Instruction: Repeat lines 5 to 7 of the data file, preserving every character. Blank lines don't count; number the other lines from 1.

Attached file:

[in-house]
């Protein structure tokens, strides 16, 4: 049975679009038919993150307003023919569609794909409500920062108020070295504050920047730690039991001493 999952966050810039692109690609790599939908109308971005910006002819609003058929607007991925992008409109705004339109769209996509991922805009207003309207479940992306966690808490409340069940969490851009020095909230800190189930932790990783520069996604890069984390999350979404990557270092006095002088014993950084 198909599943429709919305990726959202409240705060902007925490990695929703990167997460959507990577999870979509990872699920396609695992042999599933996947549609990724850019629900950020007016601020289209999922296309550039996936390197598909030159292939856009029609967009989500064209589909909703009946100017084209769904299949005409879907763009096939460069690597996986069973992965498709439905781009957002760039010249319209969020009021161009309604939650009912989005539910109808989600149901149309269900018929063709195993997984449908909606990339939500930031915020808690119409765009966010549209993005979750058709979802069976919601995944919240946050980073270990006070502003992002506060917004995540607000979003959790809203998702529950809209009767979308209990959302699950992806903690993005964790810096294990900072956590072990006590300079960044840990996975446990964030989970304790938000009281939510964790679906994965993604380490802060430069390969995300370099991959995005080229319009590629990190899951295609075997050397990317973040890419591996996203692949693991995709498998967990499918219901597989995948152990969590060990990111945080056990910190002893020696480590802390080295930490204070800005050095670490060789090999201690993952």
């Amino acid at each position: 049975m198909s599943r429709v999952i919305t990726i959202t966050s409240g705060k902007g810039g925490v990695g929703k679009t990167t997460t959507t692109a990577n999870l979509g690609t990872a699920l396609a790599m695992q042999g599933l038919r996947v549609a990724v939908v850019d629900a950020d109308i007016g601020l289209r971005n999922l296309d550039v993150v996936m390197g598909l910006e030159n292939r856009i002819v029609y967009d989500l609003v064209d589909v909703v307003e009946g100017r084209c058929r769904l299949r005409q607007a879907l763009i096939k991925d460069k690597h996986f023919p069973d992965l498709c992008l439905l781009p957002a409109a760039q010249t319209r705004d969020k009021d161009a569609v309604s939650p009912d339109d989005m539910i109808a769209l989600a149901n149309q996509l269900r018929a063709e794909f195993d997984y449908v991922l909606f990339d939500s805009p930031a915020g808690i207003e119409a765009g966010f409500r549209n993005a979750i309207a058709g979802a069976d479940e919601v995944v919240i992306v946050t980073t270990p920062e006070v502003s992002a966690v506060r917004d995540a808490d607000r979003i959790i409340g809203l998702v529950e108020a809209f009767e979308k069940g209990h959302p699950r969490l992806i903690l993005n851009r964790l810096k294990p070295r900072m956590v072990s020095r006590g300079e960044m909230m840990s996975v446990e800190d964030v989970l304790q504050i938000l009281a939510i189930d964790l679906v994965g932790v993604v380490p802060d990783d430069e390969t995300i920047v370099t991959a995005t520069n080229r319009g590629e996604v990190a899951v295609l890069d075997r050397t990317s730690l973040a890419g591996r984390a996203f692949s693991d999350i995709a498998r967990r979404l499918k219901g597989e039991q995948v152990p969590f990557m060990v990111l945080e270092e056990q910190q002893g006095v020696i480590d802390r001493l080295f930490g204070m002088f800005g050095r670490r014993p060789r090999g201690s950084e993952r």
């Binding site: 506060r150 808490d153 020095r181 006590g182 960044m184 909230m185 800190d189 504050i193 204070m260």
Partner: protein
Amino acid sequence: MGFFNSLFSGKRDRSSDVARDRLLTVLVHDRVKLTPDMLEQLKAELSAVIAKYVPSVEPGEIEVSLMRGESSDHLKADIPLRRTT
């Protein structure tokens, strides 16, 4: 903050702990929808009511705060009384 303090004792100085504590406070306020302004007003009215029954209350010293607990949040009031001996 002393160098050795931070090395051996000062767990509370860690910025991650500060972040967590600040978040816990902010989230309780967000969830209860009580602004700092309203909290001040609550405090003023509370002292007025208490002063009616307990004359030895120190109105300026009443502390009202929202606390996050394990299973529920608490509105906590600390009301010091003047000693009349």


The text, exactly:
Partner: protein
Amino acid sequence: MGFFNSLFSGKRDRSSDVARDRLLTVLVHDRVKLTPDMLEQLKAELSAVIAKYVPSVEPGEIEVSLMRGESSDHLKADIPLRRTT
């Protein structure tokens, strides 16, 4: 903050702990929808009511705060009384 303090004792100085504590406070306020302004007003009215029954209350010293607990949040009031001996 002393160098050795931070090395051996000062767990509370860690910025991650500060972040967590600040978040816990902010989230309780967000969830209860009580602004700092309203909290001040609550405090003023509370002292007025208490002063009616307990004359030895120190109105300026009443502390009202929202606390996050394990299973529920608490509105906590600390009301010091003047000693009349």